By Kevin Bullis on July 31, 2013
Combining the strengths of two different solar technologies could yield “hybrid solar power” that works even at night or when it’s cloudy.
The Advanced Research Projects Agency–Energy is devoting $30 million to several demonstration projects that will attempt to combine photovoltaics with solar thermal. Early-stage work being conducted by researchers around the U.S. hints at how the combined technology might work.
Read the full story: ARPA-E Project Combines Heat and Electricity | MIT Technology Review

Tuesday, July 9, 2013

SunDrum Solar Hybrid PVT System reaches peak 86% delivery record - Renewable Energy Focus

SunDrum Solar LLC said it has achieved a solar industry one hour peak delivery record of 86% for a hybrid solar system, which generates both photovoltaic and thermal (PVT) solar energy.

This record was achieved on April 24, 2013 and was enabled by the combination of a standard Photovoltaic (PV) panel and the SDM 100 thermal collector from SunDrum Solar.
After adjustment for all system losses, a record of 86% was used by the home in Massachusetts during the peak hour of 2-3PM - when 870W of thermal energy and 200W of electrical energy was delivered by each solar panel fitted with the SunDrum Solar Collector. This performance sets a new record for a fixed, non tracking, hybrid array, said the company.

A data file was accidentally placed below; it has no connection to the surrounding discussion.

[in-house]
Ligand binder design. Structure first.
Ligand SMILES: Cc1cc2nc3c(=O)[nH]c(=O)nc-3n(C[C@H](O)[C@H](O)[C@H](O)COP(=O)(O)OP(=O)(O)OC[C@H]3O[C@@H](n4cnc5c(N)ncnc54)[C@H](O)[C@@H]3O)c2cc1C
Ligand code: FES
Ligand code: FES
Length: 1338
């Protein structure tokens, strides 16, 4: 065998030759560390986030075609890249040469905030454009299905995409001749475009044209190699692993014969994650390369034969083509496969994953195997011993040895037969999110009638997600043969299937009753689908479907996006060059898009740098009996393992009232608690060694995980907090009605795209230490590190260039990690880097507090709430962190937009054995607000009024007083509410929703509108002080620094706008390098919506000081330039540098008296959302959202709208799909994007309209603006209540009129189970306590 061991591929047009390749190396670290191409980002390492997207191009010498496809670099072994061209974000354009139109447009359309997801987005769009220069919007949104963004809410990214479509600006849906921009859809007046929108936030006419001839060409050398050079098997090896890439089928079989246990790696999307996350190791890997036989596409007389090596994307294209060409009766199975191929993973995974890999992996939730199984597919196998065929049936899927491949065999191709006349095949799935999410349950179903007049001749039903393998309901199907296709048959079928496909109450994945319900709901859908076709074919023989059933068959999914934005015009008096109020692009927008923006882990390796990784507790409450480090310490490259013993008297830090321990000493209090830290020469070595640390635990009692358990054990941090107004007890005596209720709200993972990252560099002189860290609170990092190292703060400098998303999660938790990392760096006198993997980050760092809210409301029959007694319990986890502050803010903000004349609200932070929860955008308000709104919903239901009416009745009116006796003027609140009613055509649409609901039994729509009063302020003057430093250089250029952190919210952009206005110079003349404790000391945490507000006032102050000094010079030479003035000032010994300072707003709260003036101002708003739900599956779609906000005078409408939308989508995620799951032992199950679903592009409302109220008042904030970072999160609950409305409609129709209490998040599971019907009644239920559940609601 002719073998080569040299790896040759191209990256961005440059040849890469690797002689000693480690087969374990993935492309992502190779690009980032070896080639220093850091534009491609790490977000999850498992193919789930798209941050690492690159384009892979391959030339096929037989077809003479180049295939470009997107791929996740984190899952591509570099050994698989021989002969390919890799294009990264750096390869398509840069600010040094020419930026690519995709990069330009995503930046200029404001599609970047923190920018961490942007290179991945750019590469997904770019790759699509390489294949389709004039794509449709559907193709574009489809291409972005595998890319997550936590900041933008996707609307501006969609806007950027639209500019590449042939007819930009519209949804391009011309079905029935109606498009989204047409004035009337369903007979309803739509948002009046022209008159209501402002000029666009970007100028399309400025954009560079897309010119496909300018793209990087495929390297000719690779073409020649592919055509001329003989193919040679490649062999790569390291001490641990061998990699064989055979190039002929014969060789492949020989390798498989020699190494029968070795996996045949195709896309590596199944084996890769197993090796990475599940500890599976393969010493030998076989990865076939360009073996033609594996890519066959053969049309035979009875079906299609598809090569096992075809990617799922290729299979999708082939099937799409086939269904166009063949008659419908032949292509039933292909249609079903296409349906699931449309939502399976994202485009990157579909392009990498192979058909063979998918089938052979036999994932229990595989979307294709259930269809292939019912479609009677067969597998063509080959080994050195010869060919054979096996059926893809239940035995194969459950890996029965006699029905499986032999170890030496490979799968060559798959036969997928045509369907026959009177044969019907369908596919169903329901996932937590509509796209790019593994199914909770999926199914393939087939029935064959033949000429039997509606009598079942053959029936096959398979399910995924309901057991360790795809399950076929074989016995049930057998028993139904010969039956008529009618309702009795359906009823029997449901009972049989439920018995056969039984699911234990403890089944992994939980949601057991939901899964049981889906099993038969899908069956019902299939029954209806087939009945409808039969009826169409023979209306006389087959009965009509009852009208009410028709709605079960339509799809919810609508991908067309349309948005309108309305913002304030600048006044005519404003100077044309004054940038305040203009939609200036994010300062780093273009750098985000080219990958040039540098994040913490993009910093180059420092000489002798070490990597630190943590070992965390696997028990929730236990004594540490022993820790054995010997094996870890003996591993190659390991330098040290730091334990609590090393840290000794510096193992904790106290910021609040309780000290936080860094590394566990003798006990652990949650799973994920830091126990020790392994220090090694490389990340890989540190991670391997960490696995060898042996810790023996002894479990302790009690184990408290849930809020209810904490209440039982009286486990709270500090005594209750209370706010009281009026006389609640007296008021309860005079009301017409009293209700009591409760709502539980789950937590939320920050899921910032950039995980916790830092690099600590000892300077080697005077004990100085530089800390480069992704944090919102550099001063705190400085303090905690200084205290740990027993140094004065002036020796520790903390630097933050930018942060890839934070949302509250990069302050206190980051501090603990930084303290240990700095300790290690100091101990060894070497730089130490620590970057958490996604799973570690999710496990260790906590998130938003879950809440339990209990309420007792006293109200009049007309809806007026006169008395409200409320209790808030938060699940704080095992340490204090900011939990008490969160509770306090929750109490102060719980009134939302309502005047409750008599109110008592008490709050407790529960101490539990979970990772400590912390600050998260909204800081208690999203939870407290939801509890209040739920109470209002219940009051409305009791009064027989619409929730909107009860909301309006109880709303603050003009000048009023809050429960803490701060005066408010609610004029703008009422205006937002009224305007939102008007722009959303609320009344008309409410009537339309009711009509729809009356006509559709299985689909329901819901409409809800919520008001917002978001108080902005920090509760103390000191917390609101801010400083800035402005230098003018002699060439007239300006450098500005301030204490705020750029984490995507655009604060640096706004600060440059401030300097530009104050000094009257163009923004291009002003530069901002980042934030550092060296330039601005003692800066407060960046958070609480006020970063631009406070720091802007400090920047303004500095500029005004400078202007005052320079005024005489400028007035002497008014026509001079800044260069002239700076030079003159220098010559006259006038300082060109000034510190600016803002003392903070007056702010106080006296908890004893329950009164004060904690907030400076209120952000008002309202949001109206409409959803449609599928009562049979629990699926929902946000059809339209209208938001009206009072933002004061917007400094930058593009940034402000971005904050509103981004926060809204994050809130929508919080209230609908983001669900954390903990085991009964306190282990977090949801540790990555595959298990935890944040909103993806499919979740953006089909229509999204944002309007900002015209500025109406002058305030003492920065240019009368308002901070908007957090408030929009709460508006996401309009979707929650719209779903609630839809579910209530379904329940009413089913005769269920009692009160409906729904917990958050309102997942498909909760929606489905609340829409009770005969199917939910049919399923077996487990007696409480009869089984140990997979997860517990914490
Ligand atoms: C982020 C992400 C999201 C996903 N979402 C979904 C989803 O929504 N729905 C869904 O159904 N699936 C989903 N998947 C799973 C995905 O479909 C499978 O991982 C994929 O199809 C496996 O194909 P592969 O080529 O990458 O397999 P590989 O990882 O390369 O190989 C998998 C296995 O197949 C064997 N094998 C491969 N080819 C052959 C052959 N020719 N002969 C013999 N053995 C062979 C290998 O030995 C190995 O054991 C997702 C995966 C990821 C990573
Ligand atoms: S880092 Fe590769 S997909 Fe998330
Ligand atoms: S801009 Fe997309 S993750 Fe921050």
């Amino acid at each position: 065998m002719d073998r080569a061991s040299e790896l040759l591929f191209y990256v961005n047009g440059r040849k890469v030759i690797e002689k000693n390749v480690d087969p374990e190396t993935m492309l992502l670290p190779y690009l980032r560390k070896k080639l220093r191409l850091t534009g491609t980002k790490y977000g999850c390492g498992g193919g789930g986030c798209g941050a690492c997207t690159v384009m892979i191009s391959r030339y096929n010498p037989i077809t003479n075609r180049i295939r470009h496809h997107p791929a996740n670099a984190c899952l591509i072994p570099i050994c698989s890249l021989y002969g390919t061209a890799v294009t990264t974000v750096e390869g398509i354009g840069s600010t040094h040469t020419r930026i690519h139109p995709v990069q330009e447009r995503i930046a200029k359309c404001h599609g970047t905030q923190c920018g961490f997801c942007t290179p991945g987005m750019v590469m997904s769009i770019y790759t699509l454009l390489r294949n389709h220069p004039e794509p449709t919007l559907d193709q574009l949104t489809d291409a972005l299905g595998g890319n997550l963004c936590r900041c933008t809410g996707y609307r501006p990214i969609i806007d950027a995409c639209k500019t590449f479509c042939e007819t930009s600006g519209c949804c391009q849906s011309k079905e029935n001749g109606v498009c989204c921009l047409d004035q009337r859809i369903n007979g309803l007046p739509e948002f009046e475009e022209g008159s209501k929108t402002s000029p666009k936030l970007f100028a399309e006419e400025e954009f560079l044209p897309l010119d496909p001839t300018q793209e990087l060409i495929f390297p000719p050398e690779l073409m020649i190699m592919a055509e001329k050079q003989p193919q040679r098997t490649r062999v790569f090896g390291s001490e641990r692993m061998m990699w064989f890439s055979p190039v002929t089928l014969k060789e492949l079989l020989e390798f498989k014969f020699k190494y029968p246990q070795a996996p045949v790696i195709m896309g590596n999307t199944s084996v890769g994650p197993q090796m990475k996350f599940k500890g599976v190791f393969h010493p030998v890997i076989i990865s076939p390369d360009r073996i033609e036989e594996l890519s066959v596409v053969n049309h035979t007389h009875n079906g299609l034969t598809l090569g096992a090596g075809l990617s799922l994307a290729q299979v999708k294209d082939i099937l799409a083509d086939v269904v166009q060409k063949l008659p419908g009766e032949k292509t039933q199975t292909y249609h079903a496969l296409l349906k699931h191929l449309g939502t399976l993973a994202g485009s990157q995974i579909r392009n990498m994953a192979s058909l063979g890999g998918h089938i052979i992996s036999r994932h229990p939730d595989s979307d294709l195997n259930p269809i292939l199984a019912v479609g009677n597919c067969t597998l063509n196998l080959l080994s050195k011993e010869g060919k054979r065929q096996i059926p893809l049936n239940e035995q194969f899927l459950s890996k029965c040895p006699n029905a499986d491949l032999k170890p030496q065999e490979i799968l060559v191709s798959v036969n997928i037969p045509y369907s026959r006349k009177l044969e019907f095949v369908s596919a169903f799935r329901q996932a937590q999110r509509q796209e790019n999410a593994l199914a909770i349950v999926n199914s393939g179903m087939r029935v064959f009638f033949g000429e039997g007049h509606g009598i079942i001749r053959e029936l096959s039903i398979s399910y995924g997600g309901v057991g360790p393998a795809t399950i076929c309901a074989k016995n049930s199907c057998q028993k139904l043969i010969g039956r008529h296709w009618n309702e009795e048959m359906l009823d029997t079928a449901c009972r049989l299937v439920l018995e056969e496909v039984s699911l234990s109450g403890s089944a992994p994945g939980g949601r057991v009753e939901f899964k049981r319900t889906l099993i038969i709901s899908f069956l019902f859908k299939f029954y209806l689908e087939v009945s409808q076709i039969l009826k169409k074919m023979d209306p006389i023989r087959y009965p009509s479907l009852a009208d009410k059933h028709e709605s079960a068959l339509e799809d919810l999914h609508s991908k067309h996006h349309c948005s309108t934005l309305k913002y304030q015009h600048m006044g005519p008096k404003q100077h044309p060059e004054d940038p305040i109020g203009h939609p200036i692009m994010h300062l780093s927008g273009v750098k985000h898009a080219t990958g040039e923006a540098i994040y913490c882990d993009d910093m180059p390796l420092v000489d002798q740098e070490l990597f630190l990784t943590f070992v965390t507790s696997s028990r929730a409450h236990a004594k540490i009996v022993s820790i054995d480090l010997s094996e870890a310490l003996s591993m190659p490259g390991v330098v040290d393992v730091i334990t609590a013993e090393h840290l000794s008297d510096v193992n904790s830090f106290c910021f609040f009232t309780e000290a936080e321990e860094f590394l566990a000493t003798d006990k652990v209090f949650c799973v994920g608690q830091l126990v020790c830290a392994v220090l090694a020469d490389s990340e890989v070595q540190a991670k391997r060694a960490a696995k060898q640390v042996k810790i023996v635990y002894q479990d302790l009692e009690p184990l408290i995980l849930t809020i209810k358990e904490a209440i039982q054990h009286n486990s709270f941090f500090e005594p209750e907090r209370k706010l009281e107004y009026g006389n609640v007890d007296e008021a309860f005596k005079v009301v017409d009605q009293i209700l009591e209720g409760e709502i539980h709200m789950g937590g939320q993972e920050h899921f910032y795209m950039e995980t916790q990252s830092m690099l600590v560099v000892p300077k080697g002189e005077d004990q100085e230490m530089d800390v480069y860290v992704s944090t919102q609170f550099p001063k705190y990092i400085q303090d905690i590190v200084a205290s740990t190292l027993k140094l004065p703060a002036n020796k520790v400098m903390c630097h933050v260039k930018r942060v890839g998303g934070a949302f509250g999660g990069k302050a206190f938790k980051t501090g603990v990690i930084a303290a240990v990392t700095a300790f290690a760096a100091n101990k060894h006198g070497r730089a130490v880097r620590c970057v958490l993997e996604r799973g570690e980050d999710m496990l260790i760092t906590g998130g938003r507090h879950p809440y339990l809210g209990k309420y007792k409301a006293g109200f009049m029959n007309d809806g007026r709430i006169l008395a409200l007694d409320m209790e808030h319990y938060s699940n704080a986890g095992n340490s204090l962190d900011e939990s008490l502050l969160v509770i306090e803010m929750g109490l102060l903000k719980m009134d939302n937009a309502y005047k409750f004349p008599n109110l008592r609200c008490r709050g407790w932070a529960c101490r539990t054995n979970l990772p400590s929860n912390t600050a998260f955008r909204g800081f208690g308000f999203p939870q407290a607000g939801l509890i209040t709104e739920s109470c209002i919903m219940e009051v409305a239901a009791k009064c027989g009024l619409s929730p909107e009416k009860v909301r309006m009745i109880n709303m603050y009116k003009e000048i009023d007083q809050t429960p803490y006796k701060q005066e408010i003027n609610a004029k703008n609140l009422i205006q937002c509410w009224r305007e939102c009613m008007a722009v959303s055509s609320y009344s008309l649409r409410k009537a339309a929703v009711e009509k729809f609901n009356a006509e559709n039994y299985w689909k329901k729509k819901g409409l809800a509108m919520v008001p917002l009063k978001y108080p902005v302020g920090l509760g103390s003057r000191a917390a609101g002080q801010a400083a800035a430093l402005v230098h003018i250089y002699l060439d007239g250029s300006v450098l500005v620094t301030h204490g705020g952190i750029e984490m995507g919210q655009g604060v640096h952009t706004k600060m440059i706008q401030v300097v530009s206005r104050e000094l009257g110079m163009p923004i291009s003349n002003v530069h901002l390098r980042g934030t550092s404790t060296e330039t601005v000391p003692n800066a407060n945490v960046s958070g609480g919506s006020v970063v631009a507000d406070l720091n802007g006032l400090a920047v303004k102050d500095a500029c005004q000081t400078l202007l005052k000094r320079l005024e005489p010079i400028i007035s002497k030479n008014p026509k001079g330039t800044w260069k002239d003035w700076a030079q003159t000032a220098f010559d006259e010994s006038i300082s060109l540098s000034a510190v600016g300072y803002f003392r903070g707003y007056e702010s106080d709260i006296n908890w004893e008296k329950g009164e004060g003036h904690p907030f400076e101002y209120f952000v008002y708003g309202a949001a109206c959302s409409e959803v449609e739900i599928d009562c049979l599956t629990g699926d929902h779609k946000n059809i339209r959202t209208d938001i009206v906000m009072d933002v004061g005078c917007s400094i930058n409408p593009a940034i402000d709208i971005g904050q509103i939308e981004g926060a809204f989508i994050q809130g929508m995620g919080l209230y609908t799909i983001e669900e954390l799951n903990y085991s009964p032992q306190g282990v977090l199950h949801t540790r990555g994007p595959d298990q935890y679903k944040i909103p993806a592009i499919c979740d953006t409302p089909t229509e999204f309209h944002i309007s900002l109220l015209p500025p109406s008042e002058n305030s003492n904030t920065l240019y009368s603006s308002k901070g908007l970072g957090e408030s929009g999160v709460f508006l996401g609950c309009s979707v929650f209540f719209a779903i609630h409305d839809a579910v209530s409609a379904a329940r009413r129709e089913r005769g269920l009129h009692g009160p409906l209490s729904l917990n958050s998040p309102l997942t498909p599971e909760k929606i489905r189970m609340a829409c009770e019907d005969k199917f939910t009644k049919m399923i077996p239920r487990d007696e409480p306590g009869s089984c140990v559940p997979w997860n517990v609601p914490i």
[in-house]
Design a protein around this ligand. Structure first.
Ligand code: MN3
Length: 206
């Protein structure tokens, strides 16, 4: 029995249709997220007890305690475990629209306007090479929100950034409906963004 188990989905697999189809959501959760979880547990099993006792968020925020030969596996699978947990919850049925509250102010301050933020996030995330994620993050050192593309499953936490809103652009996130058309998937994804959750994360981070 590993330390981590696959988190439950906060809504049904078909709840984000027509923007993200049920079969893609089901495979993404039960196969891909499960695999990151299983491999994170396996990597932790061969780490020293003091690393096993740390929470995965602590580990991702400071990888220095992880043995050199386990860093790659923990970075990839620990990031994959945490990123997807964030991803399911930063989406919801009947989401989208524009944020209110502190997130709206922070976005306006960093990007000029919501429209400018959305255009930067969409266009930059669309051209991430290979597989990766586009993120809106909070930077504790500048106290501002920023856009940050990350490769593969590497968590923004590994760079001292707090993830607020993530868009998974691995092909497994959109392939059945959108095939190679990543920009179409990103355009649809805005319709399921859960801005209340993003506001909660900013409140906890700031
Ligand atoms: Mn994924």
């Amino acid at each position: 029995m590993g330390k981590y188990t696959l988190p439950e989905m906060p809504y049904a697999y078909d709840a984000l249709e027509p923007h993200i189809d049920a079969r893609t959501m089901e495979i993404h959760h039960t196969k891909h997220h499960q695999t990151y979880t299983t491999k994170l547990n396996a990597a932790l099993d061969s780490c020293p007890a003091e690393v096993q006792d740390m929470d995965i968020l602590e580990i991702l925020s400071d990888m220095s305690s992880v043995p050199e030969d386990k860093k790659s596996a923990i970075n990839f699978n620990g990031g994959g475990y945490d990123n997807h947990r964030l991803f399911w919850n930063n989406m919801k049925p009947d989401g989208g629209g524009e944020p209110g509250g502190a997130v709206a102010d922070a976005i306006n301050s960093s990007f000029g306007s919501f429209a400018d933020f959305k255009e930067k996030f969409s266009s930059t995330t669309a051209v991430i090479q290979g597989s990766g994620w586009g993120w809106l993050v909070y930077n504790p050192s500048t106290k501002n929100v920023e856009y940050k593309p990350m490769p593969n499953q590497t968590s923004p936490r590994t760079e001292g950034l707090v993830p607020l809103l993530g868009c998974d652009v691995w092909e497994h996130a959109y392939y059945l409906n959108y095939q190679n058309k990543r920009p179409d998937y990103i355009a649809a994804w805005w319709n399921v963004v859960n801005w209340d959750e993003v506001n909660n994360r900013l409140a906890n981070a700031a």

Sunday, May 5, 2013

Times of Oman | Feature :: Hybrid power plants: Renewable energy’s newest trend

byJohn Brian Shannon - Special to Times of Oman

Photo -

One option for renewable energy producers that has been open to utility companies but rarely utilized, is the installation of both wind and solar power plants together at the same location, which results in a doubling in the amount of electricity produced.